A new report by the Monetary and Economic Department of the Bank for International Settlements, economists argue that the offshore banking system needs to be revisited. Offshore accounts can be beneficial for the emerging markets economies, but pose a threat to financial stability in the home countries. However, its possible to manage these risks, the BIS economists says.
“Expansion of central bank balance sheets amid fiscal expansion in the world’s major economies has, in some views, called into question the major currencies’ reliability as stores of value.”
Dong He/Robert McCauley
The offshore markets intermediate a large chunk of financial transactions in major reserve currencies such as the US dollar. McCauley and He argue that the emerging market economies who are interested in seeing some international use of their currencies, offshore markets can help to increase the recognition and acceptance of the currency, while still allowing the authorities to retain a measure of control over the pace of capital account liberalization.
However, the development of offshore markets could pose risks to monetary and financial stability in the home economy which need to be prudently managed, the two economists points out.
Adding: “The experience of the Federal Reserve and of the authorities of the other major reserve currency economies in dealing with the euro markets shows that policy options are available for managing such risks.”
Securing The Dollar Dominance
According to the report, a significant portion of the international use of major reserve currencies, such as the US dollar, takes place offshore.
In particular, when non-US residents use the US dollar to settle trade and make investments, they do not transact onshore through banks and in financial markets in the United States.
Rather, they concentrate their transactions in international financial centers such as the euro-dollar market in London.
“In fact, one may argue that, without the offshore markets, the US dollar would not have attained the dominant position in international trade and payments that it occupies today,” the report says.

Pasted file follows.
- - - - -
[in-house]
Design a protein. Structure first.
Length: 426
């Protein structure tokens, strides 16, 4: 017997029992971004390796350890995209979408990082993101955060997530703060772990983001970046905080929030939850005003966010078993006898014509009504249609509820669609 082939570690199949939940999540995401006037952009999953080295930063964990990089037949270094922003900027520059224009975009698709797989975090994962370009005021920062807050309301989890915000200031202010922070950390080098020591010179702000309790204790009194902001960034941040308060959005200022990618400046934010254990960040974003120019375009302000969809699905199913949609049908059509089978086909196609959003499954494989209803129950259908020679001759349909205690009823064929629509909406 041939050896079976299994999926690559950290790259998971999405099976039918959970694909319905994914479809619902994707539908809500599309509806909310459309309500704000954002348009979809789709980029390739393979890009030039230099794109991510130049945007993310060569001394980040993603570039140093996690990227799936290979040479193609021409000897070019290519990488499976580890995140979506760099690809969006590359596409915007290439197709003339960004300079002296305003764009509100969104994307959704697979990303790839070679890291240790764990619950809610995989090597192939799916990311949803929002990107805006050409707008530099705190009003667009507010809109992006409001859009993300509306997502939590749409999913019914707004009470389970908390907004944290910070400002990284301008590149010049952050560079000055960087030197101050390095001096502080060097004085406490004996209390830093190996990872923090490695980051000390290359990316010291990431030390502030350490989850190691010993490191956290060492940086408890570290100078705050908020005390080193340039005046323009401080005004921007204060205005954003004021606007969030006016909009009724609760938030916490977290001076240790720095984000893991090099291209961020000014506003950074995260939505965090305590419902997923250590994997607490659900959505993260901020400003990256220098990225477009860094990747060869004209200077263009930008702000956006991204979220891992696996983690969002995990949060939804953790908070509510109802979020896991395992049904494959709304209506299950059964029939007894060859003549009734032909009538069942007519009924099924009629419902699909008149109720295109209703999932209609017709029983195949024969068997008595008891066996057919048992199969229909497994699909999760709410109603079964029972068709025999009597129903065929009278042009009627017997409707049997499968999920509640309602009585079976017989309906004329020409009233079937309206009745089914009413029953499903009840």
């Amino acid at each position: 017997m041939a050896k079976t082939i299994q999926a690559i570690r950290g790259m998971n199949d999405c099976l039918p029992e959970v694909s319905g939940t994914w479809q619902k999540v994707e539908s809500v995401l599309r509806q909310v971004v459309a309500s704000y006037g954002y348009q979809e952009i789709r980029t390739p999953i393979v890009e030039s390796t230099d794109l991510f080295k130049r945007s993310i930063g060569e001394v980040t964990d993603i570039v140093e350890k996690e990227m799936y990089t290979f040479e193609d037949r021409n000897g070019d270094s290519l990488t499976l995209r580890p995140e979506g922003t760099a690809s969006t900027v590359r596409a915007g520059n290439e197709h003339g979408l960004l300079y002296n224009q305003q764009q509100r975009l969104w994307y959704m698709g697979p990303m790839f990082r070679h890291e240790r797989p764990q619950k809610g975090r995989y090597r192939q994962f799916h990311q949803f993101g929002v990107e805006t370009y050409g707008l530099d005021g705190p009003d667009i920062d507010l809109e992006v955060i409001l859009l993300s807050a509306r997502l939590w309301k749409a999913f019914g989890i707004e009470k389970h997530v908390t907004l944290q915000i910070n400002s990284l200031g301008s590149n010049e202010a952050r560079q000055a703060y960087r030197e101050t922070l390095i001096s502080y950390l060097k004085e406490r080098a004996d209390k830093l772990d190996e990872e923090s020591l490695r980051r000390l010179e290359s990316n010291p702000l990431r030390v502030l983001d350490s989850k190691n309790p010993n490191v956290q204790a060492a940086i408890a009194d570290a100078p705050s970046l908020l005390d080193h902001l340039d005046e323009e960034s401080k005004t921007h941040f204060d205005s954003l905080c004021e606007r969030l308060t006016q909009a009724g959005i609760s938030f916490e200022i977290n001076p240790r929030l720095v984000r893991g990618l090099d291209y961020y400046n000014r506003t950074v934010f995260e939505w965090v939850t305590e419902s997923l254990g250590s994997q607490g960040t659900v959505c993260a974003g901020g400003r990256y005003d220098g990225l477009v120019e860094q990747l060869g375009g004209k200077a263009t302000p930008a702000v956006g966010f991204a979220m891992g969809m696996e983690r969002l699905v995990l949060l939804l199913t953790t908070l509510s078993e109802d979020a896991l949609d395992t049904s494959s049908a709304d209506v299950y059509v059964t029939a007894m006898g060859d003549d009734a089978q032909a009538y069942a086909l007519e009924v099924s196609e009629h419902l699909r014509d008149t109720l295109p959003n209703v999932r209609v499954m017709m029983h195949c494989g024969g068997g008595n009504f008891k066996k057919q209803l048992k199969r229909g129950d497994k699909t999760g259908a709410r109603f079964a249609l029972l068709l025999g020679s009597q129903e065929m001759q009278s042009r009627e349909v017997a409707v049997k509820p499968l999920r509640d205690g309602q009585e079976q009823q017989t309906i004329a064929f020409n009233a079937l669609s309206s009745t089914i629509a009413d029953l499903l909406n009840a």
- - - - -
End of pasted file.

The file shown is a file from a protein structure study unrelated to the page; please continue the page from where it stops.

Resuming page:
“We show that non-US residents reveal a strong preference for doing their dollar business outside the United States. That is, they tend to deposit US dollars in banks abroad and to buy US dollar bonds issued by non-residents outside the United States (and probably to hold them in European depositories as well).”
Judging from the US dollar, global investors prefer to transact in a particular currency through the offshore markets.
Non-US residents, private and official alike, keep the bulk of their US dollar deposits outside the United States and invest disproportionately in US dollar bonds issued by non-US residents.
“The payment flows associated with these accounts and investments ultimately pass through bank accounts in the United States, just as payment flows associated with non-bank financial intermediaries in the United States ultimately pass through banks in the United States. While the US authorities put in place capital controls from the late 1960’s until the early 1970’s, they never impeded the flow of payments through US banks to allow the settlement of offshore trade and investment transactions. Offshore markets in a currency can flourish if offshore financial institutions are able to maintain and to access freely clearing balances in the currency with onshore banks. In other words, non-resident convertibility of the currency is allowed at least for overseas banks. Once this condition is met, both long and short positions in the currency can be built up offshore even without a wholesale liberalization of capital account controls by the onshore country authorities. If offshore banks do not have free access to clearing banks kept with onshore banks, then offshore markets can still exist, though in a more limited fashion, through non-deliverable contracts,” Dong He and Robert McCauley writes.